Ukraine war ‘bankrupts’ ESG case, says BlackRock’s former sustainable investing boss

ESG is in a state of flux. Oil and defence stocks are spiking. Debates rage about whether arming Ukraine is a green-friendly act. Even Elon Musk, the billionaire electric vehicle evangelist, called for ramped up energy output. 

The Ukraine crisis “highlights all kinds of inconsistencies that bankrupt a lot of the underlying theses” behind ESG, Tariq Fancy, former sustainable investing CIO of BlackRock, told Financial News

“I don’t know how it survives such an obvious example of its inconsistencies. There’s already a growing backlash. And yet another thing happens and everyone looks closely and they’re like, ‘None of this makes sense’.” 

ESG exploded in popularity during the pandemic — Morningstar found that in the third quarter alone, $134bn globally poured into funds boasting their ESG cred. Environmental, social and governance investors are faced with dilemmas as they navigate Russia’s war in Ukraine. The crisis has been a stumbling block for the nascent industry, which was already under pressure following regulatory concerns around greenwashing. 

A mounting energy crisis is only making things worse. As part of a toolbox of sanctions designed to punish Russian president Vladimir Putin, the US and the UK have banned Russian oil imports, and the European Union is cutting its dependency on Russian gas.

“What was sold as a panacea already seems to be nonsensical,” said Fancy. “ESG was ready, this is your moment ESG. But where is ESG?”

Governments are scrambling to find other energy sources to meet demand. This has provoked a wave of calls to hike spending in oil and gas companies operating in other countries, a proposal that before the invasion would have made most responsible investing firms run for the hills.

“Hate to say it, but we need to increase oil and gas output immediately. Extraordinary times demand extraordinary measures,” Tesla boss Elon Musk tweeted earlier this month. “Sustainable energy solutions simply cannot react instantaneously to make up for Russian oil and gas exports.”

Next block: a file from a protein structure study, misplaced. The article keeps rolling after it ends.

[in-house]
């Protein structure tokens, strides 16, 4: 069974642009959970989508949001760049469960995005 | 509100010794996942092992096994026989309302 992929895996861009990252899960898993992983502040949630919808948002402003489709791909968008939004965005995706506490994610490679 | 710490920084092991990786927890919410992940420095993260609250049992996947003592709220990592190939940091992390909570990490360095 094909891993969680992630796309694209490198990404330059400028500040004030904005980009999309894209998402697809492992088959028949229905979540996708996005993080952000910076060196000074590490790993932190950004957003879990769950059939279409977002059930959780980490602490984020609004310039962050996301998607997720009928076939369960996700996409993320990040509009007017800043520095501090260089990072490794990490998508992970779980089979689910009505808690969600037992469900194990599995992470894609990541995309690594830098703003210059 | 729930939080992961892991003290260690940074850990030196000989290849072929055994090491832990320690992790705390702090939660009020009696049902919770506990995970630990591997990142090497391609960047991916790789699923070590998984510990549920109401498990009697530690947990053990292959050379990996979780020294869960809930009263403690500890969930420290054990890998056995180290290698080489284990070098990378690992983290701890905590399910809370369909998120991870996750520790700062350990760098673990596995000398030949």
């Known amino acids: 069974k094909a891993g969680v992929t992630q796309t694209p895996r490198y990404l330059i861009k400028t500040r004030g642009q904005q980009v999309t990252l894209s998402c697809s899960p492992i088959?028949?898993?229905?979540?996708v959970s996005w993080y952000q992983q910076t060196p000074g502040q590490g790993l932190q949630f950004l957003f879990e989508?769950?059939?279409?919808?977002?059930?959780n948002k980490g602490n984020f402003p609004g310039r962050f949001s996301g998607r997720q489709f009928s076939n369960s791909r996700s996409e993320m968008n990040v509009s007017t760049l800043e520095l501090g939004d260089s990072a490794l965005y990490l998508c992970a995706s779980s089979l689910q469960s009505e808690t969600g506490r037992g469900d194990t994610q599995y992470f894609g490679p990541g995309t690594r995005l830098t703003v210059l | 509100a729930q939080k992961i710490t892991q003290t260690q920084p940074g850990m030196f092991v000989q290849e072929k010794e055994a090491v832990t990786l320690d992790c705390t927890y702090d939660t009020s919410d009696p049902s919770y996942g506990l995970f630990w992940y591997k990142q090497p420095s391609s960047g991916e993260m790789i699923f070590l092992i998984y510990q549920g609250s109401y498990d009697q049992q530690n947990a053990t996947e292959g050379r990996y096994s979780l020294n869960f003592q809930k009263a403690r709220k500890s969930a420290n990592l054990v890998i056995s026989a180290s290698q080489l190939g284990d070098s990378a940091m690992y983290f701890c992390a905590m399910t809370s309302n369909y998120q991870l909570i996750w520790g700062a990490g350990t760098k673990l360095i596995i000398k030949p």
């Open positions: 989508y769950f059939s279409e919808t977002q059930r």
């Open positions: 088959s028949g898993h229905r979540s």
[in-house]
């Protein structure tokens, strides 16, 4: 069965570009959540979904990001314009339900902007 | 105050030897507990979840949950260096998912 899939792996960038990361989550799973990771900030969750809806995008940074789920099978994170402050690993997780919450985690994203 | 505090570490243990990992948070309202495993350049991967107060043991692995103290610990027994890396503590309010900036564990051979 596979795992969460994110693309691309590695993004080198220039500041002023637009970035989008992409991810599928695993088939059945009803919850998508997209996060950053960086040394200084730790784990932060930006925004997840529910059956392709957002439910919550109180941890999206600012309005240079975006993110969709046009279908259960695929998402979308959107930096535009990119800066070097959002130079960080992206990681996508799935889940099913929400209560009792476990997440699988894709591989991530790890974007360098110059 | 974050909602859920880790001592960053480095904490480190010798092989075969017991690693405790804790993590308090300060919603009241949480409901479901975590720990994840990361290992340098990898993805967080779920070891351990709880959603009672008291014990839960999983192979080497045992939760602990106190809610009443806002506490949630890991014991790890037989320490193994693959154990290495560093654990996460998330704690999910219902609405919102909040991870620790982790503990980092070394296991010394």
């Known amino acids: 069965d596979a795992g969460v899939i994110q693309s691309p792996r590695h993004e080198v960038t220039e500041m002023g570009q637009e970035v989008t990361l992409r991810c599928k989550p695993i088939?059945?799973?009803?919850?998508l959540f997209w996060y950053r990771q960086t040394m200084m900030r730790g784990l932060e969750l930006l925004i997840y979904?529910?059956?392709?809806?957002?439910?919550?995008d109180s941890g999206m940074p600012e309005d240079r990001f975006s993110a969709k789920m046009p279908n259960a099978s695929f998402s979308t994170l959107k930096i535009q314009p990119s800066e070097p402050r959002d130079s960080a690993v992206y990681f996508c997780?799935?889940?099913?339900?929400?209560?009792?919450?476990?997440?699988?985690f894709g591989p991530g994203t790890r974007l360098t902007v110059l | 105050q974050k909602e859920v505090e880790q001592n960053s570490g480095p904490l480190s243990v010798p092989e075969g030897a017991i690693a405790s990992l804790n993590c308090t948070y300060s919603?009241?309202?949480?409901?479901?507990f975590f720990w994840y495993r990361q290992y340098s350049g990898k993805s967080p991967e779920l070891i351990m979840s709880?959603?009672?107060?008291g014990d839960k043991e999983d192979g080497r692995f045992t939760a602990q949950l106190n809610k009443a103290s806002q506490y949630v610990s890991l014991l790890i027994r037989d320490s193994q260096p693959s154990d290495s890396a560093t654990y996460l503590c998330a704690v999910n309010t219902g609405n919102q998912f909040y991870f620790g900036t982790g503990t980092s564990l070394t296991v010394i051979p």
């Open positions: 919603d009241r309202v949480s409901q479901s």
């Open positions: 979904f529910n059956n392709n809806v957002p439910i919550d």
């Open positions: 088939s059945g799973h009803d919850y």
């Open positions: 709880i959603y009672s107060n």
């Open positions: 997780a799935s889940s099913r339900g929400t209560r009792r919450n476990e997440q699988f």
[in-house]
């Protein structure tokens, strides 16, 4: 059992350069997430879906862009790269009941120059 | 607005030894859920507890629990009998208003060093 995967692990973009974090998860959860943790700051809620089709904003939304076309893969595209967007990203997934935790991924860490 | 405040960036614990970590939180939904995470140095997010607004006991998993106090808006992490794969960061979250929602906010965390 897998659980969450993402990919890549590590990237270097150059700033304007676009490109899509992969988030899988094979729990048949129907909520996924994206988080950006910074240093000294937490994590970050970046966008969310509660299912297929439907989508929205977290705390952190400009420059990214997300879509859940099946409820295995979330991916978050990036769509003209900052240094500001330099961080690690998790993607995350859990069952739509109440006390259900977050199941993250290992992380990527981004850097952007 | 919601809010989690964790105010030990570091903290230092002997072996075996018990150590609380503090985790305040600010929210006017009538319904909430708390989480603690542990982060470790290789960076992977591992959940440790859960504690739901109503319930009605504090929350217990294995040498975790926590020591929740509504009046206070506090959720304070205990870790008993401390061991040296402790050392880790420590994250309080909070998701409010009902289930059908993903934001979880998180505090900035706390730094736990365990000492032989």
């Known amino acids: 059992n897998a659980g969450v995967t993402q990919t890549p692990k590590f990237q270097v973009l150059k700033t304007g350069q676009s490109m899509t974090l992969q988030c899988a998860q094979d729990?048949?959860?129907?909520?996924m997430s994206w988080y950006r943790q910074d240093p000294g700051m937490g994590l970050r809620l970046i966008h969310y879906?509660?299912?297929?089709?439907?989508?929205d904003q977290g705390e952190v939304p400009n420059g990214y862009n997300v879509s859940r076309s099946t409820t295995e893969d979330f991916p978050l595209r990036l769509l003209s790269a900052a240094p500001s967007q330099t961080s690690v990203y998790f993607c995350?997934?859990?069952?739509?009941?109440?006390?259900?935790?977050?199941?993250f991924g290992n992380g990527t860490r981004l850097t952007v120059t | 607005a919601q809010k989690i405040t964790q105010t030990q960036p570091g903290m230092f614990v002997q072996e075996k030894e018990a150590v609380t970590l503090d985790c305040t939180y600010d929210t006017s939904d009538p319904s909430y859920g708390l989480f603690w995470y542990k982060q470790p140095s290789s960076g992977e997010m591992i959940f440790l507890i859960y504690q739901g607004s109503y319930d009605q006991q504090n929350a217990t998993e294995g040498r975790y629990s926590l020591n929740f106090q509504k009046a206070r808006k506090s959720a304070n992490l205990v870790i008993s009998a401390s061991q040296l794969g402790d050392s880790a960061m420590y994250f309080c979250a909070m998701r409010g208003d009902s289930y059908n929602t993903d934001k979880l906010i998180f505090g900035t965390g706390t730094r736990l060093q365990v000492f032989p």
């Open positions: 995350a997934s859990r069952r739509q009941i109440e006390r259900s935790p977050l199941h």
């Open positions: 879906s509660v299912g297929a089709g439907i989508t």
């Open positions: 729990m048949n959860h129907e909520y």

An environmental lawyer at a City firm said: “There will be a short-term bit of discomfort where we do things we don’t love with the energy mix we’ve got. There’s an acknowledgement that this is a step backwards.”

READ ESG funds from Abrdn, Amundi, Carmignac among 66 stuck with Russian holdings

Another dilemma plaguing sustainable finance executives is defence. BDSV, the German defence industry lobby group, has argued that defence stocks should be held in ESG portfolios, saying there’s a social imperative to do so during wartime, Bloomberg reported. 

“Isn’t it strange that ESG goes out of the window when you have a critical situation?” said Alasdair Haynes, chief executive of Aquis Exchange. “ESG is an ideology that we all believe in… those ideologies fall to pieces when you get war.”

“It doesn’t mean long-term that we can’t achieve the goals that we set in an ideological world,” Haynes added. “It’s a very sad setback.”

“Who will stand up now and say we won’t finance arms? Defence went from being at the bottom of the list to the top,” said Haynes, who is also chair of lobby group TheCityUK’s new business council

The debates happening in boardrooms and among ESG executives have always bubbled under the surface, according to Baroness Helena Morrissey, chair at AJ Bell, and the crisis in Ukraine has pushed them to the forefront. 

“ESG investors need to reconsider black and white, ‘This is good, that is bad’ when it comes to things like energy and defence,” said Baroness Morrissey. “I don’t know that the industry is set up to take this on, but the challenge must be met. And if it is, ESG investing will emerge stronger and better for it.”

READ ‘Frustrated and powerless’ Ukrainians in London scramble to help war effort

However, some think it could be an opportunity to fast-track the energy transition. In a 3 March note, Goldman Sachs analysts explained that an oil price spike could accelerate innovation and “make clean energy options more competitive”.

The conflict could be a “huge catalyst for change”, said Lars Dijkstra, chief sustainability officer at €85.1bn Dutch asset manager Kempen.

“It’s like before Covid, everyone said you can’t work from home, you need to be in the office,” said Dijkstra, explaining the same could be true for accelerated financing of renewable energy. “Within a few days, it was possible and now it’s the new normal.”

The crisis could also be an opportunity to rethink what ESG investing looks like going forward, because before now, many ESG funds included Russian names and stocks linked to fossil-fuel companies, said Lara Cuvelier, a campaigner on sustainable investment at Reclaim Finance.

“It is a reminder that ESG investing as it’s currently done often doesn’t mean much,” she said. “If there are no safeguards or clear standards, it is hard to be sure what is actually in these funds.” 

To contact the author of this story with feedback or news, email Bérengère Sim

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